In Michaelmas 2016 the OCCT Discussion Group will follow a new format: we’ll be focussing on key issues in the methodology of comparative study. The sessions will begin with a short conversation between two senior members moderated by a graduate representative, followed by a discussion of the recommended readings. We hope to encourage graduates to think about their research within a comparative context, and contribute to creating a vibrant OCCT graduate community.

OCCT is a Divisional research programme supported by TORCH and St Anne’s College. Our organising committee includes Prof Matthew Reynolds, Prof Adriana X. Jacobs, Prof Mohamed-Salah Omri, Dr Eleni Philippou, Dr Peter Hill, Ms Karolina Watroba, Ms Kate Costello, Ms Valeria Taddei, Ms Kasia Szymanska, Prof Ben Morgan, Prof Patrick McGuinness.

An overview of the open events can be found here;  detailed descriptions of each event here.


CFP: BCLA Autumn Graduate Reception: Afterlives

BCLA Autumn Graduate Reception: Afterlives

University College London

We are pleased to announce that the British Comparative Literature Association will be hosting a Graduate Reception on the evening of 7 November 2016.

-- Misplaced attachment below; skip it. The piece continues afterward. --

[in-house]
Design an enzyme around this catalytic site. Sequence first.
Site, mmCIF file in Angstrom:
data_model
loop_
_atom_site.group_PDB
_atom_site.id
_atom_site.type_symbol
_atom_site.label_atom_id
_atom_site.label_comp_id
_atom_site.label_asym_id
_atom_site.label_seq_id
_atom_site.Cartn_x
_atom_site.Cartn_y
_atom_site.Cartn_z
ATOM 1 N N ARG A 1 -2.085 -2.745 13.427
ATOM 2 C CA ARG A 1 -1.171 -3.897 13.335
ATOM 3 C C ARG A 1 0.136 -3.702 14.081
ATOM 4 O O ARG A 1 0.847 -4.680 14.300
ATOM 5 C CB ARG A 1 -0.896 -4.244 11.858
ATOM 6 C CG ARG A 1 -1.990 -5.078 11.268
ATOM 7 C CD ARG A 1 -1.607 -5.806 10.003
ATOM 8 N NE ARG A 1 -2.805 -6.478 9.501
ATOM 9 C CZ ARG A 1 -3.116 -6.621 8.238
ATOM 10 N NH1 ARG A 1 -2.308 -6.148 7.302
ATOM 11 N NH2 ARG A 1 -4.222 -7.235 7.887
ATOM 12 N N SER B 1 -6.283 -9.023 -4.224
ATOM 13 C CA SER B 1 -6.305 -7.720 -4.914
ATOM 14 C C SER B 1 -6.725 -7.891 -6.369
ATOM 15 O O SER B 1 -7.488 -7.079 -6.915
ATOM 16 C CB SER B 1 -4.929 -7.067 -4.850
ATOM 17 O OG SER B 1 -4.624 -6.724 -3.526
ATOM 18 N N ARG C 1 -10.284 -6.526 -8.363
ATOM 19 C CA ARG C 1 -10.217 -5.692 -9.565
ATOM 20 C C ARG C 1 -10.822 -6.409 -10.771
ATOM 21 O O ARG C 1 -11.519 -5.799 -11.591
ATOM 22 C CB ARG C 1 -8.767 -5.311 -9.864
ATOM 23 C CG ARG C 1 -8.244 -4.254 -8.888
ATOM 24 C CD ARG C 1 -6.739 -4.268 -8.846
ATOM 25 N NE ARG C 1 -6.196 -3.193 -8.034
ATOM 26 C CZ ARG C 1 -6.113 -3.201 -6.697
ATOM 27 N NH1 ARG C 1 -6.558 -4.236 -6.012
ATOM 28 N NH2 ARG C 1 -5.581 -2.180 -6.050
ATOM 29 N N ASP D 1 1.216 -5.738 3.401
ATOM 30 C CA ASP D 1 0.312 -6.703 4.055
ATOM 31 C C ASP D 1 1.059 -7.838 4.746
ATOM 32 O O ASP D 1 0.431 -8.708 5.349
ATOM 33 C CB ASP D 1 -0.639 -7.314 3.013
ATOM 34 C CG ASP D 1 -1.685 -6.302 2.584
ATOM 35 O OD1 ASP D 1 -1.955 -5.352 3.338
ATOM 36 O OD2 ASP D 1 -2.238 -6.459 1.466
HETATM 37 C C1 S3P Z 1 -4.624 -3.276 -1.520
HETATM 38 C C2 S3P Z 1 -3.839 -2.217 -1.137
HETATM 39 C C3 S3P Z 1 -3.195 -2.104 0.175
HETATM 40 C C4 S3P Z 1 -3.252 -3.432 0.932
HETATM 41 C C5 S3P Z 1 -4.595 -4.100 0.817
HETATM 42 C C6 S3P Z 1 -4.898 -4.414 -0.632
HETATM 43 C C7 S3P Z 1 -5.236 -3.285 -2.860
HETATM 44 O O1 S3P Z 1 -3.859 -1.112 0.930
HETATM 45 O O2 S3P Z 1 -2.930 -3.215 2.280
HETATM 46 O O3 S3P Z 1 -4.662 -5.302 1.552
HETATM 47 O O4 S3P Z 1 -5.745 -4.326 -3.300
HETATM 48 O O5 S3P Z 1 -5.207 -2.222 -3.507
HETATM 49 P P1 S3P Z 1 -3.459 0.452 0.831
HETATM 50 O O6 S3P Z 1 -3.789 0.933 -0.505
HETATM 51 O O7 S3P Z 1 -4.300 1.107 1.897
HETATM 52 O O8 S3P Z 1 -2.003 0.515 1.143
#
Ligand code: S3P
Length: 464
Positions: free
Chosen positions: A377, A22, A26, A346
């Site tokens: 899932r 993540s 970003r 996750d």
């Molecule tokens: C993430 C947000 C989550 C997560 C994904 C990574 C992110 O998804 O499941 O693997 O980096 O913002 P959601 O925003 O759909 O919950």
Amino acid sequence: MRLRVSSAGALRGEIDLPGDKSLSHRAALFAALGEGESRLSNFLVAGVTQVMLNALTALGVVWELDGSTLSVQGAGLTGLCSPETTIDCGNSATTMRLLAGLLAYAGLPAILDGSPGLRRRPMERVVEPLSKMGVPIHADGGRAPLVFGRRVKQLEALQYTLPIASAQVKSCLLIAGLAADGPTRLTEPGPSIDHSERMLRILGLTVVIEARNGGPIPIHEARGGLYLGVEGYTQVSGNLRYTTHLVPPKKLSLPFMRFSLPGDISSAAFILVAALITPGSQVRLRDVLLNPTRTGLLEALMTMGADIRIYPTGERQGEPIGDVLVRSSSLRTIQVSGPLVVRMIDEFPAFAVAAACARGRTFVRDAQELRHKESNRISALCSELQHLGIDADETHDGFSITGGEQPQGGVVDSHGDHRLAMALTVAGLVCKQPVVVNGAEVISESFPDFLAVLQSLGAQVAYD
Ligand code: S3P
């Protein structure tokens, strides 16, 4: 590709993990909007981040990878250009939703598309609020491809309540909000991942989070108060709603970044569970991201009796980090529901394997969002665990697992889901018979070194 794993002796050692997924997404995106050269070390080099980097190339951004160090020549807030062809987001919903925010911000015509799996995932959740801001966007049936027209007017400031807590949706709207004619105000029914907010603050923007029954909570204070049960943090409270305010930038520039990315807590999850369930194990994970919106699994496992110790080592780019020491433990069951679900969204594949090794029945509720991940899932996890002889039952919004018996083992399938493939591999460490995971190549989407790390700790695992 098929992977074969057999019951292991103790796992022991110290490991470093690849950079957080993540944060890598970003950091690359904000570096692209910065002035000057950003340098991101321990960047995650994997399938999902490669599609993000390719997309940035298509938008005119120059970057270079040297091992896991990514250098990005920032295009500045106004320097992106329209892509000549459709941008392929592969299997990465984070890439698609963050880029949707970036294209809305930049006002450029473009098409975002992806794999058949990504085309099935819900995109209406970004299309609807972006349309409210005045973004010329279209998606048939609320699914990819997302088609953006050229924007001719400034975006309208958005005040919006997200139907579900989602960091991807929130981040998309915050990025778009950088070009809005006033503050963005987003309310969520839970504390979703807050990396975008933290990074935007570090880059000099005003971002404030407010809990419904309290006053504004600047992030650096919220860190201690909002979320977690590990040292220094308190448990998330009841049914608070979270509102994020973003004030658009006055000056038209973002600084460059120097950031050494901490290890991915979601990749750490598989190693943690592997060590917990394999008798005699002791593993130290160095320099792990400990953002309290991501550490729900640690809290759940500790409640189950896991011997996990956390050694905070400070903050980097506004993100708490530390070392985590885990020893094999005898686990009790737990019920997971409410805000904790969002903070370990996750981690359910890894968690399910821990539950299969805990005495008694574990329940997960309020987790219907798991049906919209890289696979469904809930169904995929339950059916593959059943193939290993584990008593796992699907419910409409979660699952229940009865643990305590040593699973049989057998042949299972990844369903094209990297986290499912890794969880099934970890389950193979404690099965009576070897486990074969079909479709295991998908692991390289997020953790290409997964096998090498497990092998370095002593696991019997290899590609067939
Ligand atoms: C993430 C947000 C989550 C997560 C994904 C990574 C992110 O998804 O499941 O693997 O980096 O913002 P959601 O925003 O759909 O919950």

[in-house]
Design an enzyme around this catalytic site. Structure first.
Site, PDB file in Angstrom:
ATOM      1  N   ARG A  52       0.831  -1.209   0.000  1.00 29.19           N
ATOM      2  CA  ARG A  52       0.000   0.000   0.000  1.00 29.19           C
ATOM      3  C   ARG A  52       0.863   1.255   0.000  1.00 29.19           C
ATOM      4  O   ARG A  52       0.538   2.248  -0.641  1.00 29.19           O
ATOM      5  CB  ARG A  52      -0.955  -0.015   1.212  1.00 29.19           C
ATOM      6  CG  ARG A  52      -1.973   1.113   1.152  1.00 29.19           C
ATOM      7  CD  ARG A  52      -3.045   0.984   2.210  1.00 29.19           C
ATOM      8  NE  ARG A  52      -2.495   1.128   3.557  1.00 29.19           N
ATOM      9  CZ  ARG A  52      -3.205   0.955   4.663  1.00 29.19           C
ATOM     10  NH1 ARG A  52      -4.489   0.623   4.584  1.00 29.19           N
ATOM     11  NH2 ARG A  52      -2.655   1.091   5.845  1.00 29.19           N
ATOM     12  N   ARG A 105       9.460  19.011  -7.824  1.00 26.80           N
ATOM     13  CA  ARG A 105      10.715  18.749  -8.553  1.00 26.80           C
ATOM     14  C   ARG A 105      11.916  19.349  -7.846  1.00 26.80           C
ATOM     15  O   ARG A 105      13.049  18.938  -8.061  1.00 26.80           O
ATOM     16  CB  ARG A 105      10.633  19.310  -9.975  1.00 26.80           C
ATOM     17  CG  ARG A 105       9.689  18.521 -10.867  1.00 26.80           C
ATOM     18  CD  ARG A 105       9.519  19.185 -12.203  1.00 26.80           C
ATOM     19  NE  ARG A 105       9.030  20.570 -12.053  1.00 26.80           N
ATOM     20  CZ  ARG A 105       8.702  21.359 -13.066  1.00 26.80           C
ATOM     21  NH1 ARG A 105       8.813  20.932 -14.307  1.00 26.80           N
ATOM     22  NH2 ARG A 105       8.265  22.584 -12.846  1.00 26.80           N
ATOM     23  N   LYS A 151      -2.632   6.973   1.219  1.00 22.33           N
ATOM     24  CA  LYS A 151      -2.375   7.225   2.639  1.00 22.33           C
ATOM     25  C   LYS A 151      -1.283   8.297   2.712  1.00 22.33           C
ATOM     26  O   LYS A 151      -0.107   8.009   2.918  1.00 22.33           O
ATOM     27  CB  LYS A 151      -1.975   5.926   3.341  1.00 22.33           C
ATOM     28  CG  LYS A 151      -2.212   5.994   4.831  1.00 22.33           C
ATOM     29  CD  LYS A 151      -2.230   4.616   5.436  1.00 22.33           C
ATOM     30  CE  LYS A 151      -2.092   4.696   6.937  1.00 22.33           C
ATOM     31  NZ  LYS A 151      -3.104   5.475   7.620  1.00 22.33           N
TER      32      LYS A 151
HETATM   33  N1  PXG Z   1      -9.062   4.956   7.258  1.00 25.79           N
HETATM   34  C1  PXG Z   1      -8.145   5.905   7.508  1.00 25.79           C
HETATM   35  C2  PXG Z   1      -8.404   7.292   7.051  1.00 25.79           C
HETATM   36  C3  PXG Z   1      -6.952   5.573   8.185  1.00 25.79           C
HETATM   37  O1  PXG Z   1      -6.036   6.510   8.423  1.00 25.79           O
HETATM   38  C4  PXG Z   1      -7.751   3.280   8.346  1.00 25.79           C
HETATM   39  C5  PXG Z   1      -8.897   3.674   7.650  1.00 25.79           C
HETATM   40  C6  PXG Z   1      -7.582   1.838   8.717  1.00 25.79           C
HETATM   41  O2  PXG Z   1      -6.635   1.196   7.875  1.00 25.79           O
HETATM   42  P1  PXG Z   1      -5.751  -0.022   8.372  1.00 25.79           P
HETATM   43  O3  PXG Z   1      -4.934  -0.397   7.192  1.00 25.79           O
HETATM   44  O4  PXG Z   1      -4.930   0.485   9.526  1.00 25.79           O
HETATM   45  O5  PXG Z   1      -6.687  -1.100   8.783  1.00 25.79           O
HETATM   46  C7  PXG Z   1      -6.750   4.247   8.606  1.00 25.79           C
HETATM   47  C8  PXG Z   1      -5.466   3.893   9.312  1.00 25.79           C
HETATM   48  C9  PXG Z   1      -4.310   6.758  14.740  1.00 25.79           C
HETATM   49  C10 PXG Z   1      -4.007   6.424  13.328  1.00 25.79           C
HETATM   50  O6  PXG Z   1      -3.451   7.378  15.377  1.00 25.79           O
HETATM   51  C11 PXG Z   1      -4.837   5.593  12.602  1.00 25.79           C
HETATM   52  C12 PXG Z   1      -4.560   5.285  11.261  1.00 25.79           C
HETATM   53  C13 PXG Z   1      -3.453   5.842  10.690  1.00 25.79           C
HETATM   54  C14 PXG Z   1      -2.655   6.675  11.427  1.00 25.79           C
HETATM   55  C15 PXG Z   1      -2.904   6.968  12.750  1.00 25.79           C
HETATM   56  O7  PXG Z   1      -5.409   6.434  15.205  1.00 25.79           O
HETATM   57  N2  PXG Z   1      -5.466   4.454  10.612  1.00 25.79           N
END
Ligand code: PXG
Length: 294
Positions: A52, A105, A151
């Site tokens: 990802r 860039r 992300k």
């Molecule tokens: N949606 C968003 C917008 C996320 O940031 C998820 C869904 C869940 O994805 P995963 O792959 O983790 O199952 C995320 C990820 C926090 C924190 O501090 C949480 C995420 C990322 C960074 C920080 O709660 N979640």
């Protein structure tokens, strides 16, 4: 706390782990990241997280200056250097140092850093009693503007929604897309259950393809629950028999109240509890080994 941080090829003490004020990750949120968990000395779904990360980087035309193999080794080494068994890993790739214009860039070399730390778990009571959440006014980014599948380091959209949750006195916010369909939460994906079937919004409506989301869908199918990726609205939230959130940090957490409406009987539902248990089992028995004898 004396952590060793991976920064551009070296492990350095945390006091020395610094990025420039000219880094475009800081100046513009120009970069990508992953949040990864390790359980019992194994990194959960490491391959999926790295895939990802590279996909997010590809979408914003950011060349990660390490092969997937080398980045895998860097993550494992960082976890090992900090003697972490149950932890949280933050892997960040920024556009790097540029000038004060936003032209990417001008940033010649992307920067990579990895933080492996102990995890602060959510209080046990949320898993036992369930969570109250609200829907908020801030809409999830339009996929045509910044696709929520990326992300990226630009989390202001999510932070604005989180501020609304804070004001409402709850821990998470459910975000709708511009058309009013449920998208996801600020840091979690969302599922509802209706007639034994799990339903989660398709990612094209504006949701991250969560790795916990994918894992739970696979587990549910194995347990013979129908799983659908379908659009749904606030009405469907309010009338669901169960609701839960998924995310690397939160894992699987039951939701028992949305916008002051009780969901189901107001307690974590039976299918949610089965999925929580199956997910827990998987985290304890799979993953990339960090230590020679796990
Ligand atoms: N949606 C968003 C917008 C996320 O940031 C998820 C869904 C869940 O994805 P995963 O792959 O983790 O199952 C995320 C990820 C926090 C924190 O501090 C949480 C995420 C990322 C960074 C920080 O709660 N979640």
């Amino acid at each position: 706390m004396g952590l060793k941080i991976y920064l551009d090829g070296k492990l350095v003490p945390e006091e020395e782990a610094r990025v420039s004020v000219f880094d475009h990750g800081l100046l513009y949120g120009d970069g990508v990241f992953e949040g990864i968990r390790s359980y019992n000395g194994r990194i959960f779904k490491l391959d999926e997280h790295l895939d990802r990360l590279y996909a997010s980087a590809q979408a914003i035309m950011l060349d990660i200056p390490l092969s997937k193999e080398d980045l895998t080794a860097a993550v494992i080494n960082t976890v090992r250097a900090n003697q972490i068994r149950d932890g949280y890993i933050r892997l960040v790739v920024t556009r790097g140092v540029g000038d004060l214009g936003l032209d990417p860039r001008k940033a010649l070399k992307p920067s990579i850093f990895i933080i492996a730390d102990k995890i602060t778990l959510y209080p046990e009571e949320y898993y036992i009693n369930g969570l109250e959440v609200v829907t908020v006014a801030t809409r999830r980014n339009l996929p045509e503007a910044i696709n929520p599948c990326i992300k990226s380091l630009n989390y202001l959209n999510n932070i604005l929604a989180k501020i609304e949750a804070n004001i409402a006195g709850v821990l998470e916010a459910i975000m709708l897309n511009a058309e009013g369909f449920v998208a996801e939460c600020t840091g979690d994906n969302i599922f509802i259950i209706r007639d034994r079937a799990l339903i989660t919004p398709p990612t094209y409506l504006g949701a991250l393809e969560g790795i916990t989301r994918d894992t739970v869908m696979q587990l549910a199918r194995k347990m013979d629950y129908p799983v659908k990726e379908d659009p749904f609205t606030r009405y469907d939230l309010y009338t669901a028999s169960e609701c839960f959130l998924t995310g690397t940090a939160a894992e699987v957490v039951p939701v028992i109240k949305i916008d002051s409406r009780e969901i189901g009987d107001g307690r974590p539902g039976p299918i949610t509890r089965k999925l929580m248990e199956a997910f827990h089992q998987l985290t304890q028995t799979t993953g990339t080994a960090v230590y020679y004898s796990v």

The theme for this year’s Autumn Reception is “Afterlives”. We have three slots available for postgraduates to give a 20-minute paper on any aspect of their research in Comparative Literature that addresses literature’s multiple afterlives, such as socio-political, ethical, aesthetic, scientific, theoretical, mythical, and so on, or examines the way in which afterlives have come to shape the past, present, and future of comparative literature. Submissions need not be limited to these parameters and we welcome broad and creative interpretations of this theme.

BCLA Graduate Receptions are friendly evening seminars which offer postgraduates working in Comparative Literature and related fields the opportunity to present their work to peers and academics, followed by an informal wine reception. This Graduate Reception will also celebrate the winners of the 2016 Arthur Terry Postgraduate Essay Prize.

The deadline for abstracts (up to 250 words) is 21 October 2016; please send abstracts to Please do not hesitate to contact us for further information.

BCLA Postgraduate Representatives: Niall Sreenan, Stefano Rossoni, and Stanislava Dikova